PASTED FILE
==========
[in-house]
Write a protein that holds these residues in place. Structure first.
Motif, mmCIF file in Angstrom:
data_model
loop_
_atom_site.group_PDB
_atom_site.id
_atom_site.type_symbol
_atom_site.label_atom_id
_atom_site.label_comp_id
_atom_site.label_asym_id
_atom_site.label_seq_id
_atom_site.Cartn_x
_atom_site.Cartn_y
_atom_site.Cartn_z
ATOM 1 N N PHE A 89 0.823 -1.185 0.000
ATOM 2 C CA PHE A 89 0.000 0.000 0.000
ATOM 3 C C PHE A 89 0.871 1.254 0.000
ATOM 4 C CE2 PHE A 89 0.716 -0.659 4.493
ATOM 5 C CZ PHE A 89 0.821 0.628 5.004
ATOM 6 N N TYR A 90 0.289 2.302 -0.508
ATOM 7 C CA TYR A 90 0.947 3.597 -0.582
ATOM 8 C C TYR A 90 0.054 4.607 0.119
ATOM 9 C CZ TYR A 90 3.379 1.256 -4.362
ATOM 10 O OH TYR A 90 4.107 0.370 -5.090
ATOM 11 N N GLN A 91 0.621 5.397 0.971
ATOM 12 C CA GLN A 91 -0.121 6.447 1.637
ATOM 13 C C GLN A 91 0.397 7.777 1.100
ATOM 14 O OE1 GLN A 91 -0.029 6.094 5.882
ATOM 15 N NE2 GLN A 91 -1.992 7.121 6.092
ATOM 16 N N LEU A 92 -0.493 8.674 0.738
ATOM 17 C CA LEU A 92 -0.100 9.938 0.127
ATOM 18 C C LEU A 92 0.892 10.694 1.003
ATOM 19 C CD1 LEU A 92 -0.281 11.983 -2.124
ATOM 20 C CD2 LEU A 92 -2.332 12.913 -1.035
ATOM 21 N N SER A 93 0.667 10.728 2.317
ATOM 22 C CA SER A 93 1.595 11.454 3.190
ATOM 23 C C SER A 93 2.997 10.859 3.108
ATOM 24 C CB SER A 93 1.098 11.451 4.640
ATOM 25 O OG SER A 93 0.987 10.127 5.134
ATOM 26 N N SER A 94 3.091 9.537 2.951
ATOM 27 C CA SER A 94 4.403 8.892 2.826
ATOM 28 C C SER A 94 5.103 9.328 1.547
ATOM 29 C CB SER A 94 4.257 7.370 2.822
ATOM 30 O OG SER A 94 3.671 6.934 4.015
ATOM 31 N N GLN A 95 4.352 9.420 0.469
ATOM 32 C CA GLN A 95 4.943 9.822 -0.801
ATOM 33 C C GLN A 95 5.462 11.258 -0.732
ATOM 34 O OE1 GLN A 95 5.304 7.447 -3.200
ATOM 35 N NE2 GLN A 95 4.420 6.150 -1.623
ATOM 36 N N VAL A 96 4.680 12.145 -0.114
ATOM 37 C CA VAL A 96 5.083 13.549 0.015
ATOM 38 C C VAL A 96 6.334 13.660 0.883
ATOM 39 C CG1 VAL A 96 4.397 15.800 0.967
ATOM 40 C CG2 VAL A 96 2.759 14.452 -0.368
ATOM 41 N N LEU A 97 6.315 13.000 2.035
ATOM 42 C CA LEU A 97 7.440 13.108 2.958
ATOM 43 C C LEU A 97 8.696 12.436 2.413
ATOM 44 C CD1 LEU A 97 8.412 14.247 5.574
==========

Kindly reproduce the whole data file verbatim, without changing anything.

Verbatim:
[in-house]
Write a protein that holds these residues in place. Structure first.
Motif, mmCIF file in Angstrom:
data_model
loop_
_atom_site.group_PDB
_atom_site.id
_atom_site.type_symbol
_atom_site.label_atom_id
_atom_site.label_comp_id
_atom_site.label_asym_id
_atom_site.label_seq_id
_atom_site.Cartn_x
_atom_site.Cartn_y
_atom_site.Cartn_z
ATOM 1 N N PHE A 89 0.823 -1.185 0.000
ATOM 2 C CA PHE A 89 0.000 0.000 0.000
ATOM 3 C C PHE A 89 0.871 1.254 0.000
ATOM 4 C CE2 PHE A 89 0.716 -0.659 4.493
ATOM 5 C CZ PHE A 89 0.821 0.628 5.004
ATOM 6 N N TYR A 90 0.289 2.302 -0.508
ATOM 7 C CA TYR A 90 0.947 3.597 -0.582
ATOM 8 C C TYR A 90 0.054 4.607 0.119
ATOM 9 C CZ TYR A 90 3.379 1.256 -4.362
ATOM 10 O OH TYR A 90 4.107 0.370 -5.090
ATOM 11 N N GLN A 91 0.621 5.397 0.971
ATOM 12 C CA GLN A 91 -0.121 6.447 1.637
ATOM 13 C C GLN A 91 0.397 7.777 1.100
ATOM 14 O OE1 GLN A 91 -0.029 6.094 5.882
ATOM 15 N NE2 GLN A 91 -1.992 7.121 6.092
ATOM 16 N N LEU A 92 -0.493 8.674 0.738
ATOM 17 C CA LEU A 92 -0.100 9.938 0.127
ATOM 18 C C LEU A 92 0.892 10.694 1.003
ATOM 19 C CD1 LEU A 92 -0.281 11.983 -2.124
ATOM 20 C CD2 LEU A 92 -2.332 12.913 -1.035
ATOM 21 N N SER A 93 0.667 10.728 2.317
ATOM 22 C CA SER A 93 1.595 11.454 3.190
ATOM 23 C C SER A 93 2.997 10.859 3.108
ATOM 24 C CB SER A 93 1.098 11.451 4.640
ATOM 25 O OG SER A 93 0.987 10.127 5.134
ATOM 26 N N SER A 94 3.091 9.537 2.951
ATOM 27 C CA SER A 94 4.403 8.892 2.826
ATOM 28 C C SER A 94 5.103 9.328 1.547
ATOM 29 C CB SER A 94 4.257 7.370 2.822
ATOM 30 O OG SER A 94 3.671 6.934 4.015
ATOM 31 N N GLN A 95 4.352 9.420 0.469
ATOM 32 C CA GLN A 95 4.943 9.822 -0.801
ATOM 33 C C GLN A 95 5.462 11.258 -0.732
ATOM 34 O OE1 GLN A 95 5.304 7.447 -3.200
ATOM 35 N NE2 GLN A 95 4.420 6.150 -1.623
ATOM 36 N N VAL A 96 4.680 12.145 -0.114
ATOM 37 C CA VAL A 96 5.083 13.549 0.015
ATOM 38 C C VAL A 96 6.334 13.660 0.883
ATOM 39 C CG1 VAL A 96 4.397 15.800 0.967
ATOM 40 C CG2 VAL A 96 2.759 14.452 -0.368
ATOM 41 N N LEU A 97 6.315 13.000 2.035
ATOM 42 C CA LEU A 97 7.440 13.108 2.958
ATOM 43 C C LEU A 97 8.696 12.436 2.413
ATOM 44 C CD1 LEU A 97 8.412 14.247 5.574